MTD: Pilots, partnerships and announcement plansby
At a face-to-face meeting with AccountingWEB, Making Tax Digital director Theresa Middleton sketched out more details around the government’s tax revolution – but as has often been the case with this most complex of projects, the get-together raised as many questions as it answered.
While the ‘complex businesses’ consultation document has yet to be published, HMRC were willing to share a little more information on how they will approach the thorny issue of partnerships.
According to Middleton, one of the simplifications that comes with MTD is that a partnership will do the updating, so the quarterly updates will not require an amount to be allocated to each partner.
“Updates are not about profits and not about distribution. At the end of year, [when the final report is submitted], the partnership will know what its profits are, and can decide how much each partner will get.”
- If the partnership profit is not divided between the partners at each quarterly update, the partner’s tax position can’t be “updated” in their personal digital tax each quarter, so there is no reflection of the income back to the taxpayer. In that case what is the point of the quarterly update?
Free software eligibility
One of the key concerns expressed about the MTD project has been around the cost of implementation to the smallest businesses. To alleviate this, the government has guaranteed that there will be free software in place for organisations with the ‘simplest of structures’.
Current HMRC thinking is that to be eligible for free software businesses must be:
- below the VAT threshold;
- on the cash basis ( including for rental income);
- and not employing anybody.
One question that remains unanswered is whether free software would be available to taxpayers with more than one source of income, such as rental income and a trading business. This is a point of concern for diversified businesses such as farmers.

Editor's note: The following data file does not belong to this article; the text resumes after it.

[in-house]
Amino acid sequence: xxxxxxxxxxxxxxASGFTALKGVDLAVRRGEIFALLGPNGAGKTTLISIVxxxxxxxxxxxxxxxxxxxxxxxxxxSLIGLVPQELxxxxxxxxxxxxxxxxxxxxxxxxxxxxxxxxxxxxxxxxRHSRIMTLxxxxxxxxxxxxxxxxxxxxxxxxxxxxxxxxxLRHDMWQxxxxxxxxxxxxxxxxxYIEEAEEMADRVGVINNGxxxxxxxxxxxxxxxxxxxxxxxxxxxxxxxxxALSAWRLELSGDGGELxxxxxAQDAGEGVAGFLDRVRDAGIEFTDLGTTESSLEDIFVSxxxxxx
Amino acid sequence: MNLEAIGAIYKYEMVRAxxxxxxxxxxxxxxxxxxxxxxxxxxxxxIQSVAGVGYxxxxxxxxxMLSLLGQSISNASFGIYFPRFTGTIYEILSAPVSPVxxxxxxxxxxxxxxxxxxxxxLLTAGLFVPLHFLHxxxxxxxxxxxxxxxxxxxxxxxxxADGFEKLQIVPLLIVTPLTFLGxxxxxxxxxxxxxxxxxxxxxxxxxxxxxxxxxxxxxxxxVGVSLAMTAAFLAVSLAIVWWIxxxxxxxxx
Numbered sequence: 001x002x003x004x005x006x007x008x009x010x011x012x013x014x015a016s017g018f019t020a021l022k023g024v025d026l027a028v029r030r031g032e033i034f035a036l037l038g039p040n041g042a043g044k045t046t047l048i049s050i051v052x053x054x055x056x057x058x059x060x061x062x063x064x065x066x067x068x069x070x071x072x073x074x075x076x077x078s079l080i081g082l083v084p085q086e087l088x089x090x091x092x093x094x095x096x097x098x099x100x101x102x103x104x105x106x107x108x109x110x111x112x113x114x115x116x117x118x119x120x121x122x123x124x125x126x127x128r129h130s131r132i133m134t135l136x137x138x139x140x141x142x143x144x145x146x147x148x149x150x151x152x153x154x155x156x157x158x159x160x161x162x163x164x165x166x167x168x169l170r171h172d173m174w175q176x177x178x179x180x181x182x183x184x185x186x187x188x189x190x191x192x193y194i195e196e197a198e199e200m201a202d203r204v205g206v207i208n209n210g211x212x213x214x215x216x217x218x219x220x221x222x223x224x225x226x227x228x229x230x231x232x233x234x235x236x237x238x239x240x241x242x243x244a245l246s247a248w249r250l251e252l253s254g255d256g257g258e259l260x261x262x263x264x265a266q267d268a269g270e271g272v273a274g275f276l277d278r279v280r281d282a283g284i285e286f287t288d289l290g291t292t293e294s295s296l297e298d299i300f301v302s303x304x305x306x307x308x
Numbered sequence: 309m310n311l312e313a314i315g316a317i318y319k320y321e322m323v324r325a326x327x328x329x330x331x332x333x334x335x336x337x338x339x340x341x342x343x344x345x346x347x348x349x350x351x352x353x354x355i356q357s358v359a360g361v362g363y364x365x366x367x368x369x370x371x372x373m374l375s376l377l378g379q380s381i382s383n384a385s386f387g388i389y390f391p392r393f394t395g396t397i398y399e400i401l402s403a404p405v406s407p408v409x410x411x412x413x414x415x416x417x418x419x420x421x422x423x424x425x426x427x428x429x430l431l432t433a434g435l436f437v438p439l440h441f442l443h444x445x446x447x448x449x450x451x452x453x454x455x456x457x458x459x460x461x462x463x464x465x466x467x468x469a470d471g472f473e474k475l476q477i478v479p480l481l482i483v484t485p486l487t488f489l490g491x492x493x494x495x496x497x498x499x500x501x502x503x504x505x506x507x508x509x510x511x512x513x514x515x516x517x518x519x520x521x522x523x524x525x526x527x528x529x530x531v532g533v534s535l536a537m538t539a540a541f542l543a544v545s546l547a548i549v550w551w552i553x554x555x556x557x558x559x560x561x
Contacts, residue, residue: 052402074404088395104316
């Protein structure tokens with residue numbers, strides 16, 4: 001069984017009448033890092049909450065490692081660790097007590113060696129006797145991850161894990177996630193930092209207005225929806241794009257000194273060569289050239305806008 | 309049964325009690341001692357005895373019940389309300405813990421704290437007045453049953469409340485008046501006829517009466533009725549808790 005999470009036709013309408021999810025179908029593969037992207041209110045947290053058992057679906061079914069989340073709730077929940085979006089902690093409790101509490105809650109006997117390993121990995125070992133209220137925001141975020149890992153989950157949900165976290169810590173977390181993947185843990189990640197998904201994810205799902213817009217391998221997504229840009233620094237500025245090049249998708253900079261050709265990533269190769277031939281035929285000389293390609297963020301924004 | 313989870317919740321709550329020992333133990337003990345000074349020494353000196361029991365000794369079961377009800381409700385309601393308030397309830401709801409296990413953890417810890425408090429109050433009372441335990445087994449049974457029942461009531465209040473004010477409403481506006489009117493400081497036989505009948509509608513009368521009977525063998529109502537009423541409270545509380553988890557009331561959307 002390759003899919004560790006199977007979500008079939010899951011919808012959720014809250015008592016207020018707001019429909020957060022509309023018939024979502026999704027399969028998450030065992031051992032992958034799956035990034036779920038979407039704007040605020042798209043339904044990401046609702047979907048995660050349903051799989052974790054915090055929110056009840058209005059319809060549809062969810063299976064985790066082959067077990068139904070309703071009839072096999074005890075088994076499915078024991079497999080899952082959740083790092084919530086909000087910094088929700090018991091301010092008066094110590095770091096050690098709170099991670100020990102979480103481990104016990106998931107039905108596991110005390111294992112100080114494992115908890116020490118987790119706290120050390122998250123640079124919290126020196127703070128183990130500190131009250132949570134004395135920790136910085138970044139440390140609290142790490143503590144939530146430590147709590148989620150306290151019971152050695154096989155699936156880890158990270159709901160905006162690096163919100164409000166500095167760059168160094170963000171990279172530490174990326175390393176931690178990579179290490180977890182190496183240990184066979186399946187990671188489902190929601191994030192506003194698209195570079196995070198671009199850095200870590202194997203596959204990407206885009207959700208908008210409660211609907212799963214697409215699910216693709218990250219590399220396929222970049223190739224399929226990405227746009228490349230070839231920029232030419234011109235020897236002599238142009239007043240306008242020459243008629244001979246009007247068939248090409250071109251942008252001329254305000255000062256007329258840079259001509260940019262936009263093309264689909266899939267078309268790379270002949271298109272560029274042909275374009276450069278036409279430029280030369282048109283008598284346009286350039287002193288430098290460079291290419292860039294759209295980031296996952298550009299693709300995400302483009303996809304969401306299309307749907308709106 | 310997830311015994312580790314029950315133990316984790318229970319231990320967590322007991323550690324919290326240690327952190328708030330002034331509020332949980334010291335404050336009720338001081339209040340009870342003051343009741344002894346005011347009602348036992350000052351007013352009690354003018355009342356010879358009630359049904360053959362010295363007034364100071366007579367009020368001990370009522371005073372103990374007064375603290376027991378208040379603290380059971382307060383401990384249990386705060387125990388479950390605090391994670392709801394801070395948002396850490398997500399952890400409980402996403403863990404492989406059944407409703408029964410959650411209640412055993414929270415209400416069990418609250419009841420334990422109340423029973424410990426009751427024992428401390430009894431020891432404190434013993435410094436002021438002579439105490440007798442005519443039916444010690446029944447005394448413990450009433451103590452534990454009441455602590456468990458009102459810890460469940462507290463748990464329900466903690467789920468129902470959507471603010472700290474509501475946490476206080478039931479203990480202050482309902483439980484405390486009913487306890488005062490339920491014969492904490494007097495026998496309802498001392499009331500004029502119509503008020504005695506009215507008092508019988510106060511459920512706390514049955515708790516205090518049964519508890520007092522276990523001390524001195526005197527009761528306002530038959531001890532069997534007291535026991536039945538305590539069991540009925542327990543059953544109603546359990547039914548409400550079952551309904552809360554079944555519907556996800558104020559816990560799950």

Middleton told AccountingWEB that HMRC was not ruling out anyone with multiple sources of income at this stage, but would be clarifying this in the coming weeks.
- Will free software be available to taxpayers with more than one source of income?
- Will the free MTD software provided include facilities for taxpayers to authorise their agents to access their online data?
The threshold for businesses to exempt themselves from MTD has now been set at an annual turnover of £10,000, but during the Budget speech the Chancellor announced a 12-month delay for the next tier unincorporated businesses.
“Only those businesses, self-employed people and landlords with turnovers in excess of the VAT threshold with profits chargeable to Income Tax and that pay Class 4 NICs will be required to start using the new digital service from April 2018,” the tax department said.
For those new businesses with no previous turnover history to go on, HMRC’s recommendation is that if the business expects to go over the turnover exemption threshold then it makes sense to join Making Tax Digital when it starts to trade to avoid the transition later on.
“On the other hand”, said Middleton, “if a business is not sure, our plan isn’t to penalise anyone who records a higher turnover in the first year than they thought they would.”
With the start of the MTD pilot programme fast approaching in April, there is a growing clamour for information surrounding the nuts and bolts of the scheme.
Middleton confirmed that those already on HMRC’s books as a known taxpayer won’t have to go through the process of identifying and registering. They will instead ‘subscribe’ to MTD via their Digital Tax Account, and will be automatically enrolled.
The taxpayer will then be directed to GOV.UK, where they will be able to see what type of software is available – free, low-cost or ‘all bells and whistles’.
Once the taxpayer has chosen software, with the help of their agent if applicable, they need to register this with HMRC.
“We have to know that software is registered with our system so that we can recognise it so that software can exchange data with us securely and authentically”, said Middleton.
As covered in depth by AccountingWEB’s global editor John Stokdyk, taxpayers who join the Making Tax Digital pilot scheme starting in April won’t have to send HMRC a self-assessment return for 2017-18.
Recognising that partaking in the pilot then having to complete a separate SA return would be the “worst of all worlds”, Middleton said the plan was to let users send in details of other income through their personal digital account.
In a written clarification for AccountingWEB, HMRC explained: “It is not a question of opting out of the self assessment system. By subscribing to the pilot, and then complying with the conditions (sending in summary updates, End of Year activity, and where appropriate all other tax information) there will be, for the relevant year, no requirement to subsequently submit a self-assessment return because the taxpayer will have already met their statutory obligations.”
- Agent access to the pilot scheme may not be available until sometime after the project has started. How will agents ensure the accuracy and completeness of the information provided if they cannot access it?